Home
Student Gallery
Enrollment Summer 2019 Bioinfinity (Ages 11-13) Summer 2019 NuVu at MIT (Ages 14-18) Summer 2019 NuVu at MIT Residential Academic Year Program Summer 2019 PreVu 2 Innovation Camp For Educators 2019
About Us What is NuVu Calendar Team + Advisors Partners Blog Press Jobs Contact Us
Nuvu X What is NuVuX Offerings Partners
Reset Password
Post from Fashion Week 2015: Part 1

Fashion Week 2015: Part 1 | Projects | Spikey | Resources

  • In a futuristic world, the environment lacks gravity and as a result, humans and objects cannot stay planted on Earth. Not only are all objects now floating, but heavy winds also sweep us up and off into space. Ideally, we would like to stay planted on Earth so humans can survive.

    Initially, we dove into our project by brainstorming ways that humans would be able to survive on a planet that had no gravity and heavy winds. To begin the design process, we looked into kites and human flying squirrel suits to potentially find ideas of how to tackle the main problem of heavy winds on Earth. At first, we brainstormed the concept of a wearable kite that could help one fly through the environment. Rather than designing a piece of "clothing," we wanted to design a wearable mechanism. The idea was to brainstorm various kites on a human body.

    Next, we experimented with the idea of having spider legs that weighed you down into the ground and could walk along with you as you walked. Essentially, the leg would weigh you down as the wheel/spider leg would help mobilize you. The idea was inspired by plant roots. To create a mobilizing mechanism, we looked into three different methods. The first was inspired by spider claws that would have fingers and legs that would walk along with the wearable. We also looked at a tread concept that would roll alongside.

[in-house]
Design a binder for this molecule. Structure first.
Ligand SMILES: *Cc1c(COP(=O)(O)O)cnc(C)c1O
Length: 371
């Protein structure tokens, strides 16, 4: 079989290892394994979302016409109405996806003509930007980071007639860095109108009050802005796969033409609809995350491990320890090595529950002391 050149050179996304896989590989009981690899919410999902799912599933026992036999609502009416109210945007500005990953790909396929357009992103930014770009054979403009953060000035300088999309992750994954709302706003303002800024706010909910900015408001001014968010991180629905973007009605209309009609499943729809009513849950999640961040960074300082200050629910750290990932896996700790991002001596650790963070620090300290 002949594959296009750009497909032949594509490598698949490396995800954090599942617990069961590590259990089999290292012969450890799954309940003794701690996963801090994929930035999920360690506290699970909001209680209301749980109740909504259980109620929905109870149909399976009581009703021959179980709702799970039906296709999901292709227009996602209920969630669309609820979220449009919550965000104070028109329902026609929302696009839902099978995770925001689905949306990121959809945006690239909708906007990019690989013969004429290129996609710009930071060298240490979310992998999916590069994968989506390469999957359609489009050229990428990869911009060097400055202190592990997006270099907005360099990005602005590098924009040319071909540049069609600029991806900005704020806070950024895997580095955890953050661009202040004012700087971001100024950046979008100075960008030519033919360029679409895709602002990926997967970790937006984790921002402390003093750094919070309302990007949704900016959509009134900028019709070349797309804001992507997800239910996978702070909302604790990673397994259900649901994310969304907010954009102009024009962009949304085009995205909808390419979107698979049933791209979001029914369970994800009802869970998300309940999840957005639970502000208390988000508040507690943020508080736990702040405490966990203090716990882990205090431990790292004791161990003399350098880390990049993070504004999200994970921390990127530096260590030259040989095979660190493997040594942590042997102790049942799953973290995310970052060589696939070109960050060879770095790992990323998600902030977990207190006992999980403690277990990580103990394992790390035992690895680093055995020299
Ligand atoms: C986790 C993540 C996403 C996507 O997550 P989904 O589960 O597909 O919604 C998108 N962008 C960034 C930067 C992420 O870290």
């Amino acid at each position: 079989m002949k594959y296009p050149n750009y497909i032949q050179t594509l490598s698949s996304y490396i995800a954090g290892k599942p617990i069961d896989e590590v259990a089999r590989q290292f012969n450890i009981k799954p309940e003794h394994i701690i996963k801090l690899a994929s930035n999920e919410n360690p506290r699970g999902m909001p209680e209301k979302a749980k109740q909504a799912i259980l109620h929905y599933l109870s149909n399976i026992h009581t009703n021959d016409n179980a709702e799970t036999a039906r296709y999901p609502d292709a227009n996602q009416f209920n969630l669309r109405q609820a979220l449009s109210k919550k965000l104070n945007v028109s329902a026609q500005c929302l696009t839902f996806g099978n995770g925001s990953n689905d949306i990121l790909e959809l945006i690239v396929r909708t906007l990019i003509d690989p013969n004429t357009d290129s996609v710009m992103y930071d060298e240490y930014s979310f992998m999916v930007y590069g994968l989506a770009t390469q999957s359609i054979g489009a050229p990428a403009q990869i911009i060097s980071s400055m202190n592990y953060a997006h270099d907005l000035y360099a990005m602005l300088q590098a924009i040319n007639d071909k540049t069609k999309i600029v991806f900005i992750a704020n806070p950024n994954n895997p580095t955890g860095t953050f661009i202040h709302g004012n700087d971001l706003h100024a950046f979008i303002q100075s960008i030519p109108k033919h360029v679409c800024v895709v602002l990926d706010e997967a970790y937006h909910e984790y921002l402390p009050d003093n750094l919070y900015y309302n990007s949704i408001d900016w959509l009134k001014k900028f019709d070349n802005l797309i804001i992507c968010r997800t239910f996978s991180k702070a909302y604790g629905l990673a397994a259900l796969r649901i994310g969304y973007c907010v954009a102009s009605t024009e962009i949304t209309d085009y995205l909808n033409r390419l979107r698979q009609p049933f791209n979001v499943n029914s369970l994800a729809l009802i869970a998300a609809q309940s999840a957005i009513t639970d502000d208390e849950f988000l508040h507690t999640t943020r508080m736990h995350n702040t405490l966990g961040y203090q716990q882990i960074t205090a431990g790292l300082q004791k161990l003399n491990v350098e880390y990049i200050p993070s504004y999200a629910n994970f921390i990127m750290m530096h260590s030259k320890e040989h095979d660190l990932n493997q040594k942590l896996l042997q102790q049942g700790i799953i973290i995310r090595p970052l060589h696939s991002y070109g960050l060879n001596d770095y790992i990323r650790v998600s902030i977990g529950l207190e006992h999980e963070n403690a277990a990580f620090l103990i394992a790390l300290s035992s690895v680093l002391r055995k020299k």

Lastly, we explored the idea of wheels like on a tricycle or office chair that would use three wheels (2 in the front followed by 1 in the back to motorize the piece).

    Our team chose to incorporate the spider claw inspired mobility device to walk our piece. Moreover, the wearable has legs that attach to the mobility device that are attached to a piece of felt that adds movement and some stiffness to the piece. To design the legs, we had to think about whether or not we wanted a hinged leg that can swing in different directions, or a linear leg that came out at a 90 degree angle to the ground. Because the hinged leg provided too much mobility, we chose the linear leg that could spike into the ground. The final iteration of the wearable had a range of legs spread out around the bottom piece of felt that provided a spider like mobility device.